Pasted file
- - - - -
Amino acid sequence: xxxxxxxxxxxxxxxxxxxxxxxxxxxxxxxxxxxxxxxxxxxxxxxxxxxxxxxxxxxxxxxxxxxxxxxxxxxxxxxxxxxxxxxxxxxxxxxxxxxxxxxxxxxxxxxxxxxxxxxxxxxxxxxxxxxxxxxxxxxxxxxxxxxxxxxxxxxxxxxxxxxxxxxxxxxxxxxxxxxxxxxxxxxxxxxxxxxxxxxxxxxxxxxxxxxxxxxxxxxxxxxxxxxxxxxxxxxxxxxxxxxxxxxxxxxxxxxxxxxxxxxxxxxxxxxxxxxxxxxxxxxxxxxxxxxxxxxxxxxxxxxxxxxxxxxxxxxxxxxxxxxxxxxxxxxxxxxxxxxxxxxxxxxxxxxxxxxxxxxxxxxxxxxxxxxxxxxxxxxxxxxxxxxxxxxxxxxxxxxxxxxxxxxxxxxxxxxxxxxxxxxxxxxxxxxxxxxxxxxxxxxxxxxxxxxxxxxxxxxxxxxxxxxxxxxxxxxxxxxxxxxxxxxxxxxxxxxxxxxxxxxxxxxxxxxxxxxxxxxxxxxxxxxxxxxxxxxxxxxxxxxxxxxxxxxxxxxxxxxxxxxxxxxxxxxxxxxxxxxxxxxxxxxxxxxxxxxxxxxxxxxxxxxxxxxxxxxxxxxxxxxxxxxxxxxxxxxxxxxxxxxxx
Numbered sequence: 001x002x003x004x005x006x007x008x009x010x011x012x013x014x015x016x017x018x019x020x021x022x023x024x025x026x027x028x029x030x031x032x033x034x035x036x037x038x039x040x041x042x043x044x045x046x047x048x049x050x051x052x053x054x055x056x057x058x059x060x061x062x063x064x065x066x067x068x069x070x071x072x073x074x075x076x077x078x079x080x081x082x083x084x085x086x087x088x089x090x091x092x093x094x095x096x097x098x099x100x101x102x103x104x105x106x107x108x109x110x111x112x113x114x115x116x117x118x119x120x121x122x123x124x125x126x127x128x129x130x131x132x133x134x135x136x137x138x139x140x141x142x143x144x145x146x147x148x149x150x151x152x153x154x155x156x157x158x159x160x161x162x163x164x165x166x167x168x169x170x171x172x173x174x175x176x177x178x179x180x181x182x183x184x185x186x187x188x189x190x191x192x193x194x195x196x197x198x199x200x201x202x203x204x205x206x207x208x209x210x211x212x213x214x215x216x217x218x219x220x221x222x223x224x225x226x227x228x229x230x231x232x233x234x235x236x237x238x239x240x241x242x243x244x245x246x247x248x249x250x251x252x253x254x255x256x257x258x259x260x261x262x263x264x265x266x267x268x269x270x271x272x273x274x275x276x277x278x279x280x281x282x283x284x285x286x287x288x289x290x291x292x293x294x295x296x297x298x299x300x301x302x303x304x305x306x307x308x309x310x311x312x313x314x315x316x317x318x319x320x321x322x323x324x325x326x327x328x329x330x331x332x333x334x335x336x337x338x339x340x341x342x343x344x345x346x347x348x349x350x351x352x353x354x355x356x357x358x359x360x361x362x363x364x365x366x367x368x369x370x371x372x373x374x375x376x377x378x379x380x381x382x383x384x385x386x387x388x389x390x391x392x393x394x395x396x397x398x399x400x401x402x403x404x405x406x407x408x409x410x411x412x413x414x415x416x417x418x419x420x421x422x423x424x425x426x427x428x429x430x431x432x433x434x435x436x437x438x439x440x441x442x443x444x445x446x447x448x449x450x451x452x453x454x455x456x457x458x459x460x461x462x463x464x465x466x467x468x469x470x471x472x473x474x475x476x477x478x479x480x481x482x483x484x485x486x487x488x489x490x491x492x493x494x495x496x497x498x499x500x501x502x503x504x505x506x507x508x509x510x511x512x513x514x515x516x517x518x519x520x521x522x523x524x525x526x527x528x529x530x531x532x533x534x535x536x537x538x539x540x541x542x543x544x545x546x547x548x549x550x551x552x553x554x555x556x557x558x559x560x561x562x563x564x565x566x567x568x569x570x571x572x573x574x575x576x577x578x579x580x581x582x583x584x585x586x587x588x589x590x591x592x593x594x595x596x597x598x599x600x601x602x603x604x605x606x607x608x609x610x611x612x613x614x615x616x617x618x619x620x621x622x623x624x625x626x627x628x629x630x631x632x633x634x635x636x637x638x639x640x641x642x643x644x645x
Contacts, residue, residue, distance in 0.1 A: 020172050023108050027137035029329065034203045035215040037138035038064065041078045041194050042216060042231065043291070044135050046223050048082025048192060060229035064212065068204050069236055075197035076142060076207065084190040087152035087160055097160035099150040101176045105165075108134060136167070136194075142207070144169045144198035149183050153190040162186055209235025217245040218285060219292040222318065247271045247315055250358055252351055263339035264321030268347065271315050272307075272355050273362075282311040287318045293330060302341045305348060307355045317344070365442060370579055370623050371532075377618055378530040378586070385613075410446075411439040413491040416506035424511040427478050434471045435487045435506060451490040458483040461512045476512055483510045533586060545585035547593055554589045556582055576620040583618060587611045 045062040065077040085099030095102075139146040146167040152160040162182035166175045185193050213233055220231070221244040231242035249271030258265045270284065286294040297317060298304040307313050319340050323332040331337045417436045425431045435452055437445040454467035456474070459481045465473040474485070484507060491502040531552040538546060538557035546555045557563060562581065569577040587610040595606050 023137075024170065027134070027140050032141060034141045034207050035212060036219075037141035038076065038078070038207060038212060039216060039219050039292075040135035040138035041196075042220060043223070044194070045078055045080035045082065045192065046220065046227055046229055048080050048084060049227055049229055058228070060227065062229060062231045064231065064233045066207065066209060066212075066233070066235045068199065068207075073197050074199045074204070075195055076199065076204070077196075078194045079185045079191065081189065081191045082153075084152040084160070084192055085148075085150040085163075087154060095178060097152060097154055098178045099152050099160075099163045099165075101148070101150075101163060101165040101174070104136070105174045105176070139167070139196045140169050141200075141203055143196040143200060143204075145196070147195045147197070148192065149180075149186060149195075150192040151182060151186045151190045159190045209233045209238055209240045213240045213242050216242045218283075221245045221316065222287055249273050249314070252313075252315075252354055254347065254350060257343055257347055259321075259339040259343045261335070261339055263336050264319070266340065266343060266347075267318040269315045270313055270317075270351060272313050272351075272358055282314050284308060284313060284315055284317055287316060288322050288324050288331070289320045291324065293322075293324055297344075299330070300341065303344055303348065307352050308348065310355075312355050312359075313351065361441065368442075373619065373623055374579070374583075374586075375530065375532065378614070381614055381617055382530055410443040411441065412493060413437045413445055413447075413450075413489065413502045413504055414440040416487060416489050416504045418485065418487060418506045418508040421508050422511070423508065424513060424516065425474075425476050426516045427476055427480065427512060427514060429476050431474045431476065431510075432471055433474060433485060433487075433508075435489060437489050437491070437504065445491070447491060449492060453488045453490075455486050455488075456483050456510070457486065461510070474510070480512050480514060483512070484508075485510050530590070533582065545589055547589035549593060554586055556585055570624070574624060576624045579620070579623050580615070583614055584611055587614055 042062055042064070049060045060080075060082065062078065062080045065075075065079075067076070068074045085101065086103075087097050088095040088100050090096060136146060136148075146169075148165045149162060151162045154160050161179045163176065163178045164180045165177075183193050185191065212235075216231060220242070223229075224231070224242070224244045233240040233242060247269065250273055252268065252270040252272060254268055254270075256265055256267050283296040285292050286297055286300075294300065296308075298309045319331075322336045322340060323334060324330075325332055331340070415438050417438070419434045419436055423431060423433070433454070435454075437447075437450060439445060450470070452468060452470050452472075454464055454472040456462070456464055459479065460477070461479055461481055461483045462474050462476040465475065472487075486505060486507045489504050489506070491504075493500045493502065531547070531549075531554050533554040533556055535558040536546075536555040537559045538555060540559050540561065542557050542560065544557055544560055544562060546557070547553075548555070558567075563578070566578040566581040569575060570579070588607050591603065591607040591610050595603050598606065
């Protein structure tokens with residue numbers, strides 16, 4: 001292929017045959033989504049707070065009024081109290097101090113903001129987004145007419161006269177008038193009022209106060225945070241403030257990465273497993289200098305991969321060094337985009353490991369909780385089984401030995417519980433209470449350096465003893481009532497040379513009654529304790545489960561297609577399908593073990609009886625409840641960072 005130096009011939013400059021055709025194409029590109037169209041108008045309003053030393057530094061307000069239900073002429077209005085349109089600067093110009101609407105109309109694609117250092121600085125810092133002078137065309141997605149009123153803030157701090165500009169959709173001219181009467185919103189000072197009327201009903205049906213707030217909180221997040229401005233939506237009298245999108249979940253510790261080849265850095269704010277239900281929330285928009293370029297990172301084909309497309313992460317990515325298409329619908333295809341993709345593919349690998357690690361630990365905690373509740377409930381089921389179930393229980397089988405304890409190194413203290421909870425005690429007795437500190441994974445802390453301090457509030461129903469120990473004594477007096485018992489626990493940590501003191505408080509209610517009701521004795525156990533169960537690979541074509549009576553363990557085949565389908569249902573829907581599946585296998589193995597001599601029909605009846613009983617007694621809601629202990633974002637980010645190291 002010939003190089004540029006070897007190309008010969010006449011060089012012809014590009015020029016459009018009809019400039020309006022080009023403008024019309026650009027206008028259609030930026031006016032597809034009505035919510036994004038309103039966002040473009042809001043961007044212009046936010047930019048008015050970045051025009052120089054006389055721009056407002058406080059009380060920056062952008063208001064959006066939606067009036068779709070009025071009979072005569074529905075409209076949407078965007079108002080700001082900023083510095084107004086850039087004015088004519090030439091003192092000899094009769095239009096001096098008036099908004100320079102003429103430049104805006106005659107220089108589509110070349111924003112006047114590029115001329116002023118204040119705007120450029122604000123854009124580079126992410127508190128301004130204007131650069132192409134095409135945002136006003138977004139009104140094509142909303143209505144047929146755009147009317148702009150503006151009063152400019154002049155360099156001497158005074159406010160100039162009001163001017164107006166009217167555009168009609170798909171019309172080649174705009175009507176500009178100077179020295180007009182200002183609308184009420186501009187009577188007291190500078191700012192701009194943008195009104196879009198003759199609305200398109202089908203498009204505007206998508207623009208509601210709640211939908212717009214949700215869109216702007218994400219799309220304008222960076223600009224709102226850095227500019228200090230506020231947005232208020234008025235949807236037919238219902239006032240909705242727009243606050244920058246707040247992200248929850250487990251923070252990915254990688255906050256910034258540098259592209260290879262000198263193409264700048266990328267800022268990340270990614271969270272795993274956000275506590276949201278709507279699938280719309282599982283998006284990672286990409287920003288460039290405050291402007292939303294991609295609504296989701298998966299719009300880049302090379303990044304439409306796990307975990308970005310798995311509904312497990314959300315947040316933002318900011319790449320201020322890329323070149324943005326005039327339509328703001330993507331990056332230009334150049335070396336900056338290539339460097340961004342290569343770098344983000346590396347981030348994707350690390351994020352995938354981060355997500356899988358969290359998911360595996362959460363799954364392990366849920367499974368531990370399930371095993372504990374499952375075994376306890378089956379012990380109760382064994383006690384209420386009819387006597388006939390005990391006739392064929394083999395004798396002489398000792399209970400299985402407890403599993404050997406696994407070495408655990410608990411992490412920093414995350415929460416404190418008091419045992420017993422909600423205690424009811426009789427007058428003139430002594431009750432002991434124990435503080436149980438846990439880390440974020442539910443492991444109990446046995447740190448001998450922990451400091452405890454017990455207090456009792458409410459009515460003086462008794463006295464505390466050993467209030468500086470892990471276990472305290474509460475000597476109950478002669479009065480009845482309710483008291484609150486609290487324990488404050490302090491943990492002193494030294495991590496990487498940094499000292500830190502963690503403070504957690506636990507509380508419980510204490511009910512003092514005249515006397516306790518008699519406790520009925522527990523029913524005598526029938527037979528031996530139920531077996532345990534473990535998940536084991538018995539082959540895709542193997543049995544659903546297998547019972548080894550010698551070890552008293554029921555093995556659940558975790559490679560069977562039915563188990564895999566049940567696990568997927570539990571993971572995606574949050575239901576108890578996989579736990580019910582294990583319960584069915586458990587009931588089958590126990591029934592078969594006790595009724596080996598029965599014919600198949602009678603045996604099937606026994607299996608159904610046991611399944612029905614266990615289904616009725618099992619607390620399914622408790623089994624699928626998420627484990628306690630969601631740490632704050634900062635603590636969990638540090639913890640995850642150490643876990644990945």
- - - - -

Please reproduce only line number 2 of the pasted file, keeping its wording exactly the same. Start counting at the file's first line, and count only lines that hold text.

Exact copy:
Numbered sequence: 001x002x003x004x005x006x007x008x009x010x011x012x013x014x015x016x017x018x019x020x021x022x023x024x025x026x027x028x029x030x031x032x033x034x035x036x037x038x039x040x041x042x043x044x045x046x047x048x049x050x051x052x053x054x055x056x057x058x059x060x061x062x063x064x065x066x067x068x069x070x071x072x073x074x075x076x077x078x079x080x081x082x083x084x085x086x087x088x089x090x091x092x093x094x095x096x097x098x099x100x101x102x103x104x105x106x107x108x109x110x111x112x113x114x115x116x117x118x119x120x121x122x123x124x125x126x127x128x129x130x131x132x133x134x135x136x137x138x139x140x141x142x143x144x145x146x147x148x149x150x151x152x153x154x155x156x157x158x159x160x161x162x163x164x165x166x167x168x169x170x171x172x173x174x175x176x177x178x179x180x181x182x183x184x185x186x187x188x189x190x191x192x193x194x195x196x197x198x199x200x201x202x203x204x205x206x207x208x209x210x211x212x213x214x215x216x217x218x219x220x221x222x223x224x225x226x227x228x229x230x231x232x233x234x235x236x237x238x239x240x241x242x243x244x245x246x247x248x249x250x251x252x253x254x255x256x257x258x259x260x261x262x263x264x265x266x267x268x269x270x271x272x273x274x275x276x277x278x279x280x281x282x283x284x285x286x287x288x289x290x291x292x293x294x295x296x297x298x299x300x301x302x303x304x305x306x307x308x309x310x311x312x313x314x315x316x317x318x319x320x321x322x323x324x325x326x327x328x329x330x331x332x333x334x335x336x337x338x339x340x341x342x343x344x345x346x347x348x349x350x351x352x353x354x355x356x357x358x359x360x361x362x363x364x365x366x367x368x369x370x371x372x373x374x375x376x377x378x379x380x381x382x383x384x385x386x387x388x389x390x391x392x393x394x395x396x397x398x399x400x401x402x403x404x405x406x407x408x409x410x411x412x413x414x415x416x417x418x419x420x421x422x423x424x425x426x427x428x429x430x431x432x433x434x435x436x437x438x439x440x441x442x443x444x445x446x447x448x449x450x451x452x453x454x455x456x457x458x459x460x461x462x463x464x465x466x467x468x469x470x471x472x473x474x475x476x477x478x479x480x481x482x483x484x485x486x487x488x489x490x491x492x493x494x495x496x497x498x499x500x501x502x503x504x505x506x507x508x509x510x511x512x513x514x515x516x517x518x519x520x521x522x523x524x525x526x527x528x529x530x531x532x533x534x535x536x537x538x539x540x541x542x543x544x545x546x547x548x549x550x551x552x553x554x555x556x557x558x559x560x561x562x563x564x565x566x567x568x569x570x571x572x573x574x575x576x577x578x579x580x581x582x583x584x585x586x587x588x589x590x591x592x593x594x595x596x597x598x599x600x601x602x603x604x605x606x607x608x609x610x611x612x613x614x615x616x617x618x619x620x621x622x623x624x625x626x627x628x629x630x631x632x633x634x635x636x637x638x639x640x641x642x643x644x645x